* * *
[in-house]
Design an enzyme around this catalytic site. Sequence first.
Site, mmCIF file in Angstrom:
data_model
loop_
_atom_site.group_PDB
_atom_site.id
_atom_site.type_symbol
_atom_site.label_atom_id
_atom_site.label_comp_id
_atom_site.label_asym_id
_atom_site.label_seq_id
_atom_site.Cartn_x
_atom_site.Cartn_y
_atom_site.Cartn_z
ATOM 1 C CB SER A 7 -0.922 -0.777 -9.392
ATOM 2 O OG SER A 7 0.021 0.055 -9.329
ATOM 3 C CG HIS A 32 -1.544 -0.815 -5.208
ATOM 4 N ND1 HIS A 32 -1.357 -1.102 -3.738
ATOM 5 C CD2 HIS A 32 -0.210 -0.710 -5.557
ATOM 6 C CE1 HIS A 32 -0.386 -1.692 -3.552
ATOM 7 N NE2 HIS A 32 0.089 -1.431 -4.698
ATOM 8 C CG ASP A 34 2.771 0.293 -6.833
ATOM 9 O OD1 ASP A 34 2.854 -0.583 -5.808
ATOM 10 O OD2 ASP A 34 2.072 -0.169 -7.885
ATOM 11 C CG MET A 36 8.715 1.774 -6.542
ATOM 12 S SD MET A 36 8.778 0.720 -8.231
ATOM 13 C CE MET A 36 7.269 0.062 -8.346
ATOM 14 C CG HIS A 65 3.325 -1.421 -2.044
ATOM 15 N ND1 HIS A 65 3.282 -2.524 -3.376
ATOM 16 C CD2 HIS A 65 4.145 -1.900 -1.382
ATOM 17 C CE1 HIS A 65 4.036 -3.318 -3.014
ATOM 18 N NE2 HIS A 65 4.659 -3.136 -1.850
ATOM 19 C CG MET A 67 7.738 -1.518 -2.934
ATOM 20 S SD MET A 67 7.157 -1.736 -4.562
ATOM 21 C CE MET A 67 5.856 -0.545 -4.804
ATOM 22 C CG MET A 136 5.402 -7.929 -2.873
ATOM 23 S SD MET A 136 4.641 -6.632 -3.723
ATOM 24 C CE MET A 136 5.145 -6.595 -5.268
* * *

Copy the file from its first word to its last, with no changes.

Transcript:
[in-house]
Design an enzyme around this catalytic site. Sequence first.
Site, mmCIF file in Angstrom:
data_model
loop_
_atom_site.group_PDB
_atom_site.id
_atom_site.type_symbol
_atom_site.label_atom_id
_atom_site.label_comp_id
_atom_site.label_asym_id
_atom_site.label_seq_id
_atom_site.Cartn_x
_atom_site.Cartn_y
_atom_site.Cartn_z
ATOM 1 C CB SER A 7 -0.922 -0.777 -9.392
ATOM 2 O OG SER A 7 0.021 0.055 -9.329
ATOM 3 C CG HIS A 32 -1.544 -0.815 -5.208
ATOM 4 N ND1 HIS A 32 -1.357 -1.102 -3.738
ATOM 5 C CD2 HIS A 32 -0.210 -0.710 -5.557
ATOM 6 C CE1 HIS A 32 -0.386 -1.692 -3.552
ATOM 7 N NE2 HIS A 32 0.089 -1.431 -4.698
ATOM 8 C CG ASP A 34 2.771 0.293 -6.833
ATOM 9 O OD1 ASP A 34 2.854 -0.583 -5.808
ATOM 10 O OD2 ASP A 34 2.072 -0.169 -7.885
ATOM 11 C CG MET A 36 8.715 1.774 -6.542
ATOM 12 S SD MET A 36 8.778 0.720 -8.231
ATOM 13 C CE MET A 36 7.269 0.062 -8.346
ATOM 14 C CG HIS A 65 3.325 -1.421 -2.044
ATOM 15 N ND1 HIS A 65 3.282 -2.524 -3.376
ATOM 16 C CD2 HIS A 65 4.145 -1.900 -1.382
ATOM 17 C CE1 HIS A 65 4.036 -3.318 -3.014
ATOM 18 N NE2 HIS A 65 4.659 -3.136 -1.850
ATOM 19 C CG MET A 67 7.738 -1.518 -2.934
ATOM 20 S SD MET A 67 7.157 -1.736 -4.562
ATOM 21 C CE MET A 67 5.856 -0.545 -4.804
ATOM 22 C CG MET A 136 5.402 -7.929 -2.873
ATOM 23 S SD MET A 136 4.641 -6.632 -3.723
ATOM 24 C CE MET A 136 5.145 -6.595 -5.268